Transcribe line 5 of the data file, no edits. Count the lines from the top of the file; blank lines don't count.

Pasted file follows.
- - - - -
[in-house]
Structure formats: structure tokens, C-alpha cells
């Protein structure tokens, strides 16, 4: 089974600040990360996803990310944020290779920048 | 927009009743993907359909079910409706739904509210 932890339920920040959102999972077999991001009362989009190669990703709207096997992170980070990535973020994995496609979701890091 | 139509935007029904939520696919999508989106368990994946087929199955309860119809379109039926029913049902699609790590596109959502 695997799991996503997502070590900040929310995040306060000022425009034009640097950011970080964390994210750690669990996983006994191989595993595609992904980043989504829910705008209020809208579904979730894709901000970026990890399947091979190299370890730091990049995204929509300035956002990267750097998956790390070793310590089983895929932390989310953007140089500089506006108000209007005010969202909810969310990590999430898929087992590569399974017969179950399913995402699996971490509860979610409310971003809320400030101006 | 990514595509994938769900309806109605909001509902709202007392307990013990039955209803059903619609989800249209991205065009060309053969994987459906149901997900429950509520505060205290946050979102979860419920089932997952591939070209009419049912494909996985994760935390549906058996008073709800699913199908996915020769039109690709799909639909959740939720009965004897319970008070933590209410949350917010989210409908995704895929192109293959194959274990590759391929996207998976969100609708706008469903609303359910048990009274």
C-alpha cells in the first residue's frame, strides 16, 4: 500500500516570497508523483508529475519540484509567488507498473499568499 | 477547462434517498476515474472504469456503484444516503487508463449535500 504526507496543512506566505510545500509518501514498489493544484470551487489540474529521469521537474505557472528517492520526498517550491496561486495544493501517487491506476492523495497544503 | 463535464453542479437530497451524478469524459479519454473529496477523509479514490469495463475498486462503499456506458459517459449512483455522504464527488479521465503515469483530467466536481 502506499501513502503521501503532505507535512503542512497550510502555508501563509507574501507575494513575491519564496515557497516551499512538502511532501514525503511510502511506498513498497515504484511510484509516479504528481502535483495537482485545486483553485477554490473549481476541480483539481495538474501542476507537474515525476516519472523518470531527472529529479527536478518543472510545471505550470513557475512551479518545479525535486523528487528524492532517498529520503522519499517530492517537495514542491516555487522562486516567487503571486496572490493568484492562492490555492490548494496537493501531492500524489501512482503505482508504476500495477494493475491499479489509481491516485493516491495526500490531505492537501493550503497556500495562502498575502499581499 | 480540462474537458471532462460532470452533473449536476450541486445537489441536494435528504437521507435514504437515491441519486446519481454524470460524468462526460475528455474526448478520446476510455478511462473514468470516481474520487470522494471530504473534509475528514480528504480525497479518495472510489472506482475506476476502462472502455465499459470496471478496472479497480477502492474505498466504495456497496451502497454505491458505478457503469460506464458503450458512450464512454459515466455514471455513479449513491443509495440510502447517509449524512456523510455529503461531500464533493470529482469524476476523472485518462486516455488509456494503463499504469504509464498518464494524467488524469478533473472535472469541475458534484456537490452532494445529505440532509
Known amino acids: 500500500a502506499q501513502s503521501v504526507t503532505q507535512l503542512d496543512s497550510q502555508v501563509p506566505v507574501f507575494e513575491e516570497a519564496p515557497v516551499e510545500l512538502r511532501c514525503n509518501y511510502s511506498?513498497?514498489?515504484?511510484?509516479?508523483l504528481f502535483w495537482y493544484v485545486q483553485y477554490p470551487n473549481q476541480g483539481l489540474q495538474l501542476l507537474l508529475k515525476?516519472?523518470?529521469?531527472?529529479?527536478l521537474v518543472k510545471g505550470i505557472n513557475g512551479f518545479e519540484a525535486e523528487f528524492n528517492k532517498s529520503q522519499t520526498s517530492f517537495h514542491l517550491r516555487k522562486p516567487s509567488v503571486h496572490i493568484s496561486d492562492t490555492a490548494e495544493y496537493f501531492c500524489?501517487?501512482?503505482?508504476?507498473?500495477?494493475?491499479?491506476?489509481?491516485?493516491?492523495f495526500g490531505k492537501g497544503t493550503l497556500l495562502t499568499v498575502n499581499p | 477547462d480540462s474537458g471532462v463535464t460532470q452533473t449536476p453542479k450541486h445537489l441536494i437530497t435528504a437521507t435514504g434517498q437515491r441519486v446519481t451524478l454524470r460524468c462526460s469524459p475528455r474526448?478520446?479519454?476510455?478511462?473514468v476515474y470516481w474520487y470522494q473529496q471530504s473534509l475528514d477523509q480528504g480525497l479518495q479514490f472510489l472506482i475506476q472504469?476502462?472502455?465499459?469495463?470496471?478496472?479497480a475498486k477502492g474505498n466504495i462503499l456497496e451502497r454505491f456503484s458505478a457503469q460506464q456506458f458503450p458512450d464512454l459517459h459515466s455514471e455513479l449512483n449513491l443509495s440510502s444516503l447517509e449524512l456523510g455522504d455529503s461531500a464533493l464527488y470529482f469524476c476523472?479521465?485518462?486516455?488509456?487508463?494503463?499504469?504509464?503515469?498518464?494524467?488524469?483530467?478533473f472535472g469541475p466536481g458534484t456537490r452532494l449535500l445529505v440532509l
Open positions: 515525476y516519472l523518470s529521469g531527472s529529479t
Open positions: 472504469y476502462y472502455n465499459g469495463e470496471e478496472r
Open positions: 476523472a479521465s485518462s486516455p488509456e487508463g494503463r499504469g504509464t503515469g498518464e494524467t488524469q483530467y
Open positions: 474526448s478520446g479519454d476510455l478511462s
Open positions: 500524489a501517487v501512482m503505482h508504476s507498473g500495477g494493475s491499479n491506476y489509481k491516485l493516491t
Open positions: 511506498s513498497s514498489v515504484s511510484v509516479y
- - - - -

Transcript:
Known amino acids: 500500500a502506499q501513502s503521501v504526507t503532505q507535512l503542512d496543512s497550510q502555508v501563509p506566505v507574501f507575494e513575491e516570497a519564496p515557497v516551499e510545500l512538502r511532501c514525503n509518501y511510502s511506498?513498497?514498489?515504484?511510484?509516479?508523483l504528481f502535483w495537482y493544484v485545486q483553485y477554490p470551487n473549481q476541480g483539481l489540474q495538474l501542476l507537474l508529475k515525476?516519472?523518470?529521469?531527472?529529479?527536478l521537474v518543472k510545471g505550470i505557472n513557475g512551479f518545479e519540484a525535486e523528487f528524492n528517492k532517498s529520503q522519499t520526498s517530492f517537495h514542491l517550491r516555487k522562486p516567487s509567488v503571486h496572490i493568484s496561486d492562492t490555492a490548494e495544493y496537493f501531492c500524489?501517487?501512482?503505482?508504476?507498473?500495477?494493475?491499479?491506476?489509481?491516485?493516491?492523495f495526500g490531505k492537501g497544503t493550503l497556500l495562502t499568499v498575502n499581499p | 477547462d480540462s474537458g471532462v463535464t460532470q452533473t449536476p453542479k450541486h445537489l441536494i437530497t435528504a437521507t435514504g434517498q437515491r441519486v446519481t451524478l454524470r460524468c462526460s469524459p475528455r474526448?478520446?479519454?476510455?478511462?473514468v476515474y470516481w474520487y470522494q473529496q471530504s473534509l475528514d477523509q480528504g480525497l479518495q479514490f472510489l472506482i475506476q472504469?476502462?472502455?465499459?469495463?470496471?478496472?479497480a475498486k477502492g474505498n466504495i462503499l456497496e451502497r454505491f456503484s458505478a457503469q460506464q456506458f458503450p458512450d464512454l459517459h459515466s455514471e455513479l449512483n449513491l443509495s440510502s444516503l447517509e449524512l456523510g455522504d455529503s461531500a464533493l464527488y470529482f469524476c476523472?479521465?485518462?486516455?488509456?487508463?494503463?499504469?504509464?503515469?498518464?494524467?488524469?483530467?478533473f472535472g469541475p466536481g458534484t456537490r452532494l449535500l445529505v440532509l